Powerful interests within the government of Thailand are urging that the country reject the efforts of one cabinet minister to legalize and regulate nicotine vaping products, and instead reconfirm the country’s ban on sales and import of e-cigarettes. Thailand’s vape ban has been in place since 2014, and has occasionally resulted in sensationally overzealous enforcement.
The National Tobacco Products Control Committee said it would advise the cabinet to uphold the ban in a meeting last week, according to The Nation Thailand. The committee’s position is supported by Public Health Ministry permanent secretary Kiattiphum Wongrajit. However, the full cabinet (or Council of Ministers), which controls the Thai government’s executive branch, will make the final decision.
The tobacco committee said that Thailand, as a signatory to the World Health Organization’s Framework Convention on Tobacco Control (FCTC), should maintain the ban to prevent cigarette addiction by children and adolescents, according to The Nation Thailand. The FCTC doesn’t require member countries to ban vaping products, but generally supports prohibition and strict regulation.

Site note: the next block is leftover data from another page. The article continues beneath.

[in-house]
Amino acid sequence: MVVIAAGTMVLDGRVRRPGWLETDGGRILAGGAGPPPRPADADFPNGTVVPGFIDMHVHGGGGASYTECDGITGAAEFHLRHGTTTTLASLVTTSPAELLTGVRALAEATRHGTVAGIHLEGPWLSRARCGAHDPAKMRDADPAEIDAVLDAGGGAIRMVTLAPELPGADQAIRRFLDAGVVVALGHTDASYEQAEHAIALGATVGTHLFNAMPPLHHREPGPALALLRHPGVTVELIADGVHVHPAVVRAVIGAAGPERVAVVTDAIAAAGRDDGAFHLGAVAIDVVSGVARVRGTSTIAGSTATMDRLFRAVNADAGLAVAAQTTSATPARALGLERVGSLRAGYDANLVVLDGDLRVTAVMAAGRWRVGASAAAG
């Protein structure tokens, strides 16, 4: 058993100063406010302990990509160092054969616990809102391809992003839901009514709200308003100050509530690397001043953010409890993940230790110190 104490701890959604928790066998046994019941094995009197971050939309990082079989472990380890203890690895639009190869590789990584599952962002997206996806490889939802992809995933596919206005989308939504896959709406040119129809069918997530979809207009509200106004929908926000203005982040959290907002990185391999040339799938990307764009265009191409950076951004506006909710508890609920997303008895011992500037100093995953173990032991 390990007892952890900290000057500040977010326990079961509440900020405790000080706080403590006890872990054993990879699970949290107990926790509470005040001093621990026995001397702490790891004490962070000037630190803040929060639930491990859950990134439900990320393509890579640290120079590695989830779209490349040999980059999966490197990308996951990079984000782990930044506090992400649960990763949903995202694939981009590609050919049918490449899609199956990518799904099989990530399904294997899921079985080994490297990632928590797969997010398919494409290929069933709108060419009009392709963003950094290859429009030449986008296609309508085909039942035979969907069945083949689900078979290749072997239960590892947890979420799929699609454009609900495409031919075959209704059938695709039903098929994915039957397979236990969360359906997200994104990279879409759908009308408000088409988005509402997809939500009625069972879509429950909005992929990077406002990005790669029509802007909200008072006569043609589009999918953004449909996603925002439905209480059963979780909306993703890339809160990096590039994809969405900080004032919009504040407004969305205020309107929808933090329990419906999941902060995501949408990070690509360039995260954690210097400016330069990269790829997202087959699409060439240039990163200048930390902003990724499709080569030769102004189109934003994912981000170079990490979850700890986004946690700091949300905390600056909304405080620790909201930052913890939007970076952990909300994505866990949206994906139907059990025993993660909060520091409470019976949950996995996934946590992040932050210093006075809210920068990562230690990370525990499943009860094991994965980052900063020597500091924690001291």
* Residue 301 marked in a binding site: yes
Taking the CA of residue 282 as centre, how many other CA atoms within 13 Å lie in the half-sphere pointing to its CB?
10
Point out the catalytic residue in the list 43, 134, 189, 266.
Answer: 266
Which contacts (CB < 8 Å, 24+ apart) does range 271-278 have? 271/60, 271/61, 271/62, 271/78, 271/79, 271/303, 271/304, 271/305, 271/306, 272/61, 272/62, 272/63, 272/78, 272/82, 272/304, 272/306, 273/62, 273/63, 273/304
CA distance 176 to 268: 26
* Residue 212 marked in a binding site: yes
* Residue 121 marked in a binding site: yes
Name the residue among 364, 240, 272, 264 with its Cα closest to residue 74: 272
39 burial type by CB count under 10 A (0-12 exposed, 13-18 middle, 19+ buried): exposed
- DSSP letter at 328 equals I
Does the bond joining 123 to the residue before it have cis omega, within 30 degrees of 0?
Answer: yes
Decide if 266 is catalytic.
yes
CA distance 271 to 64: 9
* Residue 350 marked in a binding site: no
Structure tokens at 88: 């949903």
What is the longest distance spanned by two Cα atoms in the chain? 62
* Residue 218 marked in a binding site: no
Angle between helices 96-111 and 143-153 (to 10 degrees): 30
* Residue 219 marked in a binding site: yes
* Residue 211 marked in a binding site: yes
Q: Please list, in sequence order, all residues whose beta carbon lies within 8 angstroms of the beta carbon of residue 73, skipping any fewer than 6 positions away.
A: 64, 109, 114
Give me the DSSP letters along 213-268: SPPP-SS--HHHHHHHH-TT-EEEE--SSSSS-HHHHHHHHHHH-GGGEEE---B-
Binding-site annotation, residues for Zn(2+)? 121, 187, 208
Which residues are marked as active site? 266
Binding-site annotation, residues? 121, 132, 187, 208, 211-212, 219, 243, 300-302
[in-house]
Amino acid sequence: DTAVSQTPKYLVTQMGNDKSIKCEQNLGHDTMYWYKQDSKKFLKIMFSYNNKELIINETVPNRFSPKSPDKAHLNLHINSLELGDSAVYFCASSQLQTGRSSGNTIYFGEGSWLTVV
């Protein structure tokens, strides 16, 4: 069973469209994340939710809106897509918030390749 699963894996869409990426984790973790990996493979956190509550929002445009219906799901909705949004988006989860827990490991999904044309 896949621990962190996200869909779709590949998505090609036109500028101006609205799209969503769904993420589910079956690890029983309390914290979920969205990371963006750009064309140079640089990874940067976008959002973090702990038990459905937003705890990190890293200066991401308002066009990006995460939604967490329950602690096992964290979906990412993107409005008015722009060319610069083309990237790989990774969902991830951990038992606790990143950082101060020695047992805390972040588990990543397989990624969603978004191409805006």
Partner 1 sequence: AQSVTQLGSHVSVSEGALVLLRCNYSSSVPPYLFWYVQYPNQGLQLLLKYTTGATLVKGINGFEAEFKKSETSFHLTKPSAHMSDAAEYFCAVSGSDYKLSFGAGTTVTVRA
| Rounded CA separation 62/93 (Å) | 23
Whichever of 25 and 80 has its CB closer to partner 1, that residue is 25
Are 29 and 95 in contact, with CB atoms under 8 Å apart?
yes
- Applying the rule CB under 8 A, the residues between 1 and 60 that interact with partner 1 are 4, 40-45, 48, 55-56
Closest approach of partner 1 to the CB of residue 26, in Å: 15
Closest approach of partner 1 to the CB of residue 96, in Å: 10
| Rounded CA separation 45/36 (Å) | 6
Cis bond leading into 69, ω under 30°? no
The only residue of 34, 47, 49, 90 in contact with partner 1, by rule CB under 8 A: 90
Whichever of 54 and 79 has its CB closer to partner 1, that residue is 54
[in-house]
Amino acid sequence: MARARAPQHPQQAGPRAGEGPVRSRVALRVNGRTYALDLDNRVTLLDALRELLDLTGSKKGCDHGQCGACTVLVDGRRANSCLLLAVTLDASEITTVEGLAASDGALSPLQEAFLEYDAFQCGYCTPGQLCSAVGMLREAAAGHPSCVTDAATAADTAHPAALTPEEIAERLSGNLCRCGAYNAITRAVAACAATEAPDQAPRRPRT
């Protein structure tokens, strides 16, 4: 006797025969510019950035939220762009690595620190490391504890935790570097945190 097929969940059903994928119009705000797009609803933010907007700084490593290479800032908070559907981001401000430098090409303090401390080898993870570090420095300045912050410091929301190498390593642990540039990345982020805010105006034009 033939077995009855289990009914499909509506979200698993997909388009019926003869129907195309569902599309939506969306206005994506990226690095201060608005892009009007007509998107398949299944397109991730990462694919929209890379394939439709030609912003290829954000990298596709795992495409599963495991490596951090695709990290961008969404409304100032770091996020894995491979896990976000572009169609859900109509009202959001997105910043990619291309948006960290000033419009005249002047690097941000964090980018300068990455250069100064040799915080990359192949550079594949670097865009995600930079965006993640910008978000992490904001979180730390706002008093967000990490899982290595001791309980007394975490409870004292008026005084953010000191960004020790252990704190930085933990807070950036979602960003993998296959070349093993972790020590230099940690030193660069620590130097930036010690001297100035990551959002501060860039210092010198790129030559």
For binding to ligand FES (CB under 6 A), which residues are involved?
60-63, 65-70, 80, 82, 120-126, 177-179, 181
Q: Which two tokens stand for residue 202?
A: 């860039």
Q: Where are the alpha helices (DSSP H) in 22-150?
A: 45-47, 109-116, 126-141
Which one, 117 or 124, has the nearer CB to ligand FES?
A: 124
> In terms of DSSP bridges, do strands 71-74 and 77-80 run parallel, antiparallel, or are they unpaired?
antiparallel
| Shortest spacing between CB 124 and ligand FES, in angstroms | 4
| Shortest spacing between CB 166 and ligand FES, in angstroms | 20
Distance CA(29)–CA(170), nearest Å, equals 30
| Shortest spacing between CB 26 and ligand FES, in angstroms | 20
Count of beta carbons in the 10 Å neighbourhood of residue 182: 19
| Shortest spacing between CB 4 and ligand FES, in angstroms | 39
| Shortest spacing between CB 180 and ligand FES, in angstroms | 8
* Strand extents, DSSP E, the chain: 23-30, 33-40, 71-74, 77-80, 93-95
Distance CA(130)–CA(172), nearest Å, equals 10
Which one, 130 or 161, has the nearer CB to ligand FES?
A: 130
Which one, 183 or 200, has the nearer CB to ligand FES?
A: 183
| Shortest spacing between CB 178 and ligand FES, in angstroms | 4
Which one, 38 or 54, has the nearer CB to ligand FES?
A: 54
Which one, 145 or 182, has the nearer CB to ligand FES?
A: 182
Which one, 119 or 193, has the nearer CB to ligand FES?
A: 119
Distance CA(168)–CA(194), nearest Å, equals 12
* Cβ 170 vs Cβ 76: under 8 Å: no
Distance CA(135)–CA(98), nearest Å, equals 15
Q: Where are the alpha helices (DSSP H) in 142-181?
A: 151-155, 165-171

The Thai Department of Disease Control issued a 9-point handout in Jan 2022, on why Thailand must maintain the ban on their import and sale.
The points are either:
Devoid of any comparison to relative risk
— INNCOorg (@INNCOorg) April 4, 2022
The state-run Tobacco Authority of Thailand controls tobacco production and sales in the Southeast Asian country. Many countries with government-owned tobacco industries have passed restrictions or bans of e-cigarettes, which compete with state-sponsored cigarette sales that produce important tax revenue.
Minister of Digital Economy and Society Chaiwut Thanakamanusorn has urged the government to end its ban on vapes, which he believes offer a low-risk alternative for smokers. The cabinet minister’s position inspired panicky opposition from tobacco control and public health groups, most of which strictly follow the advice of the WHO and the Bloomberg Philanthropies-funded tobacco control groups that urge bans.
Thanakamanusorn announced in January he would set up a working group to study the issue and consider public opinion.